Book Image

Python Microservices Development – 2nd edition - Second Edition

By : Simon Fraser, Tarek Ziadé
Book Image

Python Microservices Development – 2nd edition - Second Edition

By: Simon Fraser, Tarek Ziadé

Overview of this book

The small scope and self-contained nature of microservices make them faster, cleaner, and more scalable than code-heavy monolithic applications. However, building microservices architecture that is efficient as well as lightweight into your applications can be challenging due to the complexity of all the interacting pieces. Python Microservices Development, Second Edition will teach you how to overcome these issues and craft applications that are built as small standard units using proven best practices and avoiding common pitfalls. Through hands-on examples, this book will help you to build efficient microservices using Quart, SQLAlchemy, and other modern Python tools In this updated edition, you will learn how to secure connections between services and how to script Nginx using Lua to build web application firewall features such as rate limiting. Python Microservices Development, Second Edition describes how to use containers and AWS to deploy your services. By the end of the book, you’ll have created a complete Python application based on microservices.
Table of Contents (14 chapters)
Other Books You May Enjoy

Making sure we have Python

Before we start digging into its features, we should make sure that we have Python installed and working!

You might see some documentation or posts online that mention Python version 2. There was a long transition from Python 2 to Python 3, and had this book been written a few years earlier, we would be discussing the merits of each. However, Python 3 is fully capable of everything the majority of people need to do, and Python 2 stopped being supported by the core Python team in 2020. This book uses the latest Python 3.9 stable release for all its code examples, but they are likely to work on Python 3.7 or later, as that's the minimum version that Quart requires in order to work.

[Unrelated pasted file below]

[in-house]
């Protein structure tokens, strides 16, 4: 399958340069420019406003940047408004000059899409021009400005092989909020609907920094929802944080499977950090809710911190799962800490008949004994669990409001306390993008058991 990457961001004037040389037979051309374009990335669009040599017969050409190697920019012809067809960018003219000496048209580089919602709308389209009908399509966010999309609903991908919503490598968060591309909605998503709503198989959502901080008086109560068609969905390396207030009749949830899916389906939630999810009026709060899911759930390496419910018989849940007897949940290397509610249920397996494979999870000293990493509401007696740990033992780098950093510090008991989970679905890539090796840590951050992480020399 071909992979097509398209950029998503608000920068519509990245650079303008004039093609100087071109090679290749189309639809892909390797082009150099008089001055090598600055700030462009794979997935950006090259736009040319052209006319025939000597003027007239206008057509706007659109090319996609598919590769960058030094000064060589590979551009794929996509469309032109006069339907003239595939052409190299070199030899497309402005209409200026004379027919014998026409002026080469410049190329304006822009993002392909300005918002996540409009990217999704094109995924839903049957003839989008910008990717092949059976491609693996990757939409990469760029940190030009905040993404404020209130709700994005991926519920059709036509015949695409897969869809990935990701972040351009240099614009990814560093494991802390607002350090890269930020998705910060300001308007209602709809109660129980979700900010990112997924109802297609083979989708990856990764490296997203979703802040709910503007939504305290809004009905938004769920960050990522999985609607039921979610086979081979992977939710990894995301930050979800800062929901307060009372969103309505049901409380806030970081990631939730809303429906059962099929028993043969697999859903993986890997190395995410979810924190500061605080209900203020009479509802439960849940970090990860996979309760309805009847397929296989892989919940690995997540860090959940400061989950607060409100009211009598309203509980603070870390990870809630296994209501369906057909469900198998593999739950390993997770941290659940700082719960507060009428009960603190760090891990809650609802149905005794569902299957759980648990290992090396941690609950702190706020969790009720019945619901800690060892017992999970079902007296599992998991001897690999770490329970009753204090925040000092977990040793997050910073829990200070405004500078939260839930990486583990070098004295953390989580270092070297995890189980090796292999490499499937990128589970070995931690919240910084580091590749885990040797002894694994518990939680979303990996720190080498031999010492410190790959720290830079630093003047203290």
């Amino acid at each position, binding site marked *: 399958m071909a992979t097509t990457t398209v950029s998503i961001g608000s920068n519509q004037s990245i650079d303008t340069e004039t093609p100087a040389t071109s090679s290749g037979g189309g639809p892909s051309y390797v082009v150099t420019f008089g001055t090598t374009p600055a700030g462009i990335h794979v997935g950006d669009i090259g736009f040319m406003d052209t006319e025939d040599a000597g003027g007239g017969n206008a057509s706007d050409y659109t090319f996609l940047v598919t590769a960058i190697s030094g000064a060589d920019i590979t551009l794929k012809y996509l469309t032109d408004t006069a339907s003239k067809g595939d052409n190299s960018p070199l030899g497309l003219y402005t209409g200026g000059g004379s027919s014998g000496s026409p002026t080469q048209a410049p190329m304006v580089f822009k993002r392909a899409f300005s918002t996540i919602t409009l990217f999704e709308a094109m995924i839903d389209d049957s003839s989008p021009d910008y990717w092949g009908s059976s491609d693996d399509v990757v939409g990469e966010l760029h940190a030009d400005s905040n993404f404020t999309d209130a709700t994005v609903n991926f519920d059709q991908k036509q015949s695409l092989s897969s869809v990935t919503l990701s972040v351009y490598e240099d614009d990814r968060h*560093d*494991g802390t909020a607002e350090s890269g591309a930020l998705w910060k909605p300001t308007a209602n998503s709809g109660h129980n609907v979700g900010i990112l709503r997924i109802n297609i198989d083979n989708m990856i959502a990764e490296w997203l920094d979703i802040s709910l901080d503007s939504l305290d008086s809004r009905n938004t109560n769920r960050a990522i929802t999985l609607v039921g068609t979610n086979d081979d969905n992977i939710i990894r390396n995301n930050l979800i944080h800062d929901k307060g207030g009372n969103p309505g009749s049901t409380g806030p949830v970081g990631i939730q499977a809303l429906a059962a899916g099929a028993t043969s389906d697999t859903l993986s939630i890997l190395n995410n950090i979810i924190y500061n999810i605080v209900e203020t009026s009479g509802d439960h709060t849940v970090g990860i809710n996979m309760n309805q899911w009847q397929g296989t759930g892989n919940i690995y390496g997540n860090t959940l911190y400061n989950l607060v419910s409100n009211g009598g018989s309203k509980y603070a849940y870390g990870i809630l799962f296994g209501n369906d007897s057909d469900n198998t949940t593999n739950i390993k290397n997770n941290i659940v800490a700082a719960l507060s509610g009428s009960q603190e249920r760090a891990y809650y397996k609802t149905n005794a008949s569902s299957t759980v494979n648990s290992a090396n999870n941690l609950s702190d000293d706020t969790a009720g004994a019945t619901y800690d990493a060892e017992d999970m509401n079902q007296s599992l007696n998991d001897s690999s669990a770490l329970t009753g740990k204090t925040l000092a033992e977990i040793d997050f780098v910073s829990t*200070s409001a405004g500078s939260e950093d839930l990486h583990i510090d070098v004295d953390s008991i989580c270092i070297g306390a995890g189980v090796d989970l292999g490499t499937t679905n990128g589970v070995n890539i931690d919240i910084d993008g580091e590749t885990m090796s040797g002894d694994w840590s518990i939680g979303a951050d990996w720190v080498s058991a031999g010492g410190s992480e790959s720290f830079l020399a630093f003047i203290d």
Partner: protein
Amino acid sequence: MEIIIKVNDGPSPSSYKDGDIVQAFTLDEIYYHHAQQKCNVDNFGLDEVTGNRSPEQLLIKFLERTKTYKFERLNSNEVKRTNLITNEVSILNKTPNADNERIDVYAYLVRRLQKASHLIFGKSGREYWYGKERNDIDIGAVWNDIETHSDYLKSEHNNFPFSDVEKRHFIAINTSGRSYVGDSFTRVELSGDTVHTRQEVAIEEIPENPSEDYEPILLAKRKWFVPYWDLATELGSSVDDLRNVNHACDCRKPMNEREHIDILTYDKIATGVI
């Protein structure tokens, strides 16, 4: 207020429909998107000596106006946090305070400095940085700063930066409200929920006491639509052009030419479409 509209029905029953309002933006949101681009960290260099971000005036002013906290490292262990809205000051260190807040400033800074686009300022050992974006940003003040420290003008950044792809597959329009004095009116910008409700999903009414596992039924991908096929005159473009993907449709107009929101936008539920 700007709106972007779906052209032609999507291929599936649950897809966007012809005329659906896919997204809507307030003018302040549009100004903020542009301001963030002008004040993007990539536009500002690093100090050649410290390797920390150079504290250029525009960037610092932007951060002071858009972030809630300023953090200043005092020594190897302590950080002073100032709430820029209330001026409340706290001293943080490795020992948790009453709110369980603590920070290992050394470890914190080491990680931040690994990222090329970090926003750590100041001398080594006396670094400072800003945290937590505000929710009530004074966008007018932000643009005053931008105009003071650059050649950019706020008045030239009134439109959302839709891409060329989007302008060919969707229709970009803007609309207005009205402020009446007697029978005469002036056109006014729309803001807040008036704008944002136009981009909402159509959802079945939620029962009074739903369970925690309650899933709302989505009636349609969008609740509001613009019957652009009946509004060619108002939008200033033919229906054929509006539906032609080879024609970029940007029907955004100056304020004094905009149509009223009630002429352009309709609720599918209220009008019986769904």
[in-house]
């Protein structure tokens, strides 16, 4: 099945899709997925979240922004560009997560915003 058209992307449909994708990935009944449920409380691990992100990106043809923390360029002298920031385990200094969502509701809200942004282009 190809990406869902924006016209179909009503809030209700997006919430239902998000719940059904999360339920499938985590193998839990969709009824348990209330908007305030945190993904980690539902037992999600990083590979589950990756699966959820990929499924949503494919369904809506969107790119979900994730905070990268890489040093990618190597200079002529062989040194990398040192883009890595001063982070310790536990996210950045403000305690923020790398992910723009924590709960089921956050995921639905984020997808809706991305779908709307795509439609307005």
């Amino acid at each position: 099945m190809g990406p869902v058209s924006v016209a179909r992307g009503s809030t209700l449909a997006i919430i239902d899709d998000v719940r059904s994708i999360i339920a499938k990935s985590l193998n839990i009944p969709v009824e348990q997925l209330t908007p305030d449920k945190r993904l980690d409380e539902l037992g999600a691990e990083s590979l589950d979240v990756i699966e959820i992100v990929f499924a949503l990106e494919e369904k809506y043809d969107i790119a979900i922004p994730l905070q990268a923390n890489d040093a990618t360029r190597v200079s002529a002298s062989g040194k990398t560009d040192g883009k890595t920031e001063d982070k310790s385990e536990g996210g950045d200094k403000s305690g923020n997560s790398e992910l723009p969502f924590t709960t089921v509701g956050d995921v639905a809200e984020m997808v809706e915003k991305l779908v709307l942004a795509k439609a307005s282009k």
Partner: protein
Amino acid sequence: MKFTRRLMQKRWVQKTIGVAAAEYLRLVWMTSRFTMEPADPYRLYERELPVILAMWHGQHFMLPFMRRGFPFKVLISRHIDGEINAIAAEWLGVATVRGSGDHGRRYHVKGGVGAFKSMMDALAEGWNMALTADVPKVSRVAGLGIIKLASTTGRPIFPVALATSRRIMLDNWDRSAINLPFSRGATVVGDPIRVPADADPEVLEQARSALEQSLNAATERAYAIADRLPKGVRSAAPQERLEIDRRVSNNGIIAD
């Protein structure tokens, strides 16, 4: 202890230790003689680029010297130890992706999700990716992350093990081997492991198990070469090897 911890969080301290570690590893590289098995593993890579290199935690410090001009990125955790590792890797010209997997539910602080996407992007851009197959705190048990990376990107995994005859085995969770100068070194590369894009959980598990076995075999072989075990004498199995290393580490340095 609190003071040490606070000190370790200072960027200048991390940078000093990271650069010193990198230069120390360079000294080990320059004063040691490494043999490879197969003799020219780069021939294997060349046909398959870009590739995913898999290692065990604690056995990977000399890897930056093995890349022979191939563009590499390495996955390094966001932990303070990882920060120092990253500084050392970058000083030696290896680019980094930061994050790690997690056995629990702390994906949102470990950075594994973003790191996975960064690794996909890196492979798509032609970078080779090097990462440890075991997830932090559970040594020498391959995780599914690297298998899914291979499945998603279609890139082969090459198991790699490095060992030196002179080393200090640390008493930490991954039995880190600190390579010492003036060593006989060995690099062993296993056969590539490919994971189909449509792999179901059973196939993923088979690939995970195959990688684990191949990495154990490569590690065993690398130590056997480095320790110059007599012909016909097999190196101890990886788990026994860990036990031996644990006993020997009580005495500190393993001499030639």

If your computer does not have at least Python 3.7, you can download a new version from Python's own website, where installation instructions are provided:

You will find it easier if all the code examples in this book are run in a virtual environment, or virtualenv ( A virtual environment is Python's way of keeping each project separate, as it means you can install Quart and any other libraries you need; it will only affect the application you are currently working on. Other applications and projects can have different libraries, or different versions of the same library, without them getting in the way of each other. Using a virtualenv also means that you can easily recreate your project's dependencies somewhere else, which will be very useful when we deploy a microservice in a later chapter.

Some code editors, such as PyCharm or Visual Studio, may manage a virtual environment for you. Every code example in the book runs in a terminal, and so we will use a terminal to create our virtualenv. This also shows how things work in more detail than viewing a program's output on the web, or in log files, and will be helpful when fixing any problems in the future.

In a terminal, such as a macOS Terminal application, or a Windows Subsystem for Linux, change to the directory you would like to work in and run the following command:

python -m venv my-venv

Depending on how you installed Python, you may need to use python3 to create the virtual environment.

This creates a new virtual environment called my-venv in the current directory. You could give it another path if you like, but it's important to remember where it is. To use the virtual environment, you must activate it:

source my-venv/bin/activate

For most of the command-line examples in this book, we assume you are running on Linux, as that is what most services online use, so it is good to be familiar with it. This means that most of the commands will also work on macOS or on Windows using the Windows Subsystem for Linux. It's also possible to run Docker containers on all these systems, and we will describe containers later on when we discuss deploying your microservice.

Now, let's install Quart so that we can run our example code:

pip install quart

To stop using the virtual environment without closing the terminal, you can type deactivate. For now, though, let's keep the virtualenv active and look at how Quart will work.